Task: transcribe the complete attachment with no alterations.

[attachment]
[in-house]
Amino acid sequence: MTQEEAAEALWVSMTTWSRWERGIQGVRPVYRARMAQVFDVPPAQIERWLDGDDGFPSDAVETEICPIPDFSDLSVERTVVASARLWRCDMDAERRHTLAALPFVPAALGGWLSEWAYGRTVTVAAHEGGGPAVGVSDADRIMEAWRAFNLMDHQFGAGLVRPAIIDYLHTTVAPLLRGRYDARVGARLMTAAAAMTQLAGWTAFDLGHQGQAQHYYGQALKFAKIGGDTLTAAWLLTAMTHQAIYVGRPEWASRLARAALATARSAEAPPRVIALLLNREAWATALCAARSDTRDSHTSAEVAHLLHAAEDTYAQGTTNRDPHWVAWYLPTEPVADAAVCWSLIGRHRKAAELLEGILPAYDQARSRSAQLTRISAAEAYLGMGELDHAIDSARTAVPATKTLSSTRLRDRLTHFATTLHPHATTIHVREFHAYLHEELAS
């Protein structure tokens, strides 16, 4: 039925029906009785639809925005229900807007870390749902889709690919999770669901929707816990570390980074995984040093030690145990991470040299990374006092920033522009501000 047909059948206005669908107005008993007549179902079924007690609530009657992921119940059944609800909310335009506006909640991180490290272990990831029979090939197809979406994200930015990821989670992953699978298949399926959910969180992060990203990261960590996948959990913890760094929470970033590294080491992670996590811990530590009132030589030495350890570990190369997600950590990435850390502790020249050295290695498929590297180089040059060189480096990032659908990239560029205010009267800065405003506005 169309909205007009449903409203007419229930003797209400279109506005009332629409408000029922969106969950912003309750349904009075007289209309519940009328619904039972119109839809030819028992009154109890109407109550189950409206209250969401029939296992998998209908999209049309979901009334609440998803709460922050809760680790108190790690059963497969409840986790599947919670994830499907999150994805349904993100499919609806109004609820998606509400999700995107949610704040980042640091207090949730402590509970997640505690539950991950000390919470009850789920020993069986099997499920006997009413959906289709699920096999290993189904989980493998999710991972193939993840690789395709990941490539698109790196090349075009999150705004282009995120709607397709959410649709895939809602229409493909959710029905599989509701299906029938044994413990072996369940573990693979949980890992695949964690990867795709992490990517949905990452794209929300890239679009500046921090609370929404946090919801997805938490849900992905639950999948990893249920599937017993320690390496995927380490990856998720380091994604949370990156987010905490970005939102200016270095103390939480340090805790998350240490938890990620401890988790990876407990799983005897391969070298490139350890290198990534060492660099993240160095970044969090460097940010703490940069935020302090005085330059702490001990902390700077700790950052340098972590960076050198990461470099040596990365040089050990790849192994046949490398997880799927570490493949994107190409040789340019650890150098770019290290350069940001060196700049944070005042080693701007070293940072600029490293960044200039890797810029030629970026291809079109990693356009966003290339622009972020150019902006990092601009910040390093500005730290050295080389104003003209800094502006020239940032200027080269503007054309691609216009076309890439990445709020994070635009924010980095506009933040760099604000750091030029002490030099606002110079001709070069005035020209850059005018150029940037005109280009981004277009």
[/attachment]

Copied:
[in-house]
Amino acid sequence: MTQEEAAEALWVSMTTWSRWERGIQGVRPVYRARMAQVFDVPPAQIERWLDGDDGFPSDAVETEICPIPDFSDLSVERTVVASARLWRCDMDAERRHTLAALPFVPAALGGWLSEWAYGRTVTVAAHEGGGPAVGVSDADRIMEAWRAFNLMDHQFGAGLVRPAIIDYLHTTVAPLLRGRYDARVGARLMTAAAAMTQLAGWTAFDLGHQGQAQHYYGQALKFAKIGGDTLTAAWLLTAMTHQAIYVGRPEWASRLARAALATARSAEAPPRVIALLLNREAWATALCAARSDTRDSHTSAEVAHLLHAAEDTYAQGTTNRDPHWVAWYLPTEPVADAAVCWSLIGRHRKAAELLEGILPAYDQARSRSAQLTRISAAEAYLGMGELDHAIDSARTAVPATKTLSSTRLRDRLTHFATTLHPHATTIHVREFHAYLHEELAS
């Protein structure tokens, strides 16, 4: 039925029906009785639809925005229900807007870390749902889709690919999770669901929707816990570390980074995984040093030690145990991470040299990374006092920033522009501000 047909059948206005669908107005008993007549179902079924007690609530009657992921119940059944609800909310335009506006909640991180490290272990990831029979090939197809979406994200930015990821989670992953699978298949399926959910969180992060990203990261960590996948959990913890760094929470970033590294080491992670996590811990530590009132030589030495350890570990190369997600950590990435850390502790020249050295290695498929590297180089040059060189480096990032659908990239560029205010009267800065405003506005 169309909205007009449903409203007419229930003797209400279109506005009332629409408000029922969106969950912003309750349904009075007289209309519940009328619904039972119109839809030819028992009154109890109407109550189950409206209250969401029939296992998998209908999209049309979901009334609440998803709460922050809760680790108190790690059963497969409840986790599947919670994830499907999150994805349904993100499919609806109004609820998606509400999700995107949610704040980042640091207090949730402590509970997640505690539950991950000390919470009850789920020993069986099997499920006997009413959906289709699920096999290993189904989980493998999710991972193939993840690789395709990941490539698109790196090349075009999150705004282009995120709607397709959410649709895939809602229409493909959710029905599989509701299906029938044994413990072996369940573990693979949980890992695949964690990867795709992490990517949905990452794209929300890239679009500046921090609370929404946090919801997805938490849900992905639950999948990893249920599937017993320690390496995927380490990856998720380091994604949370990156987010905490970005939102200016270095103390939480340090805790998350240490938890990620401890988790990876407990799983005897391969070298490139350890290198990534060492660099993240160095970044969090460097940010703490940069935020302090005085330059702490001990902390700077700790950052340098972590960076050198990461470099040596990365040089050990790849192994046949490398997880799927570490493949994107190409040789340019650890150098770019290290350069940001060196700049944070005042080693701007070293940072600029490293960044200039890797810029030629970026291809079109990693356009966003290339622009972020150019902006990092601009910040390093500005730290050295080389104003003209800094502006020239940032200027080269503007054309691609216009076309890439990445709020994070635009924010980095506009933040760099604000750091030029002490030099606002110079001709070069005035020209850059005018150029940037005109280009981004277009």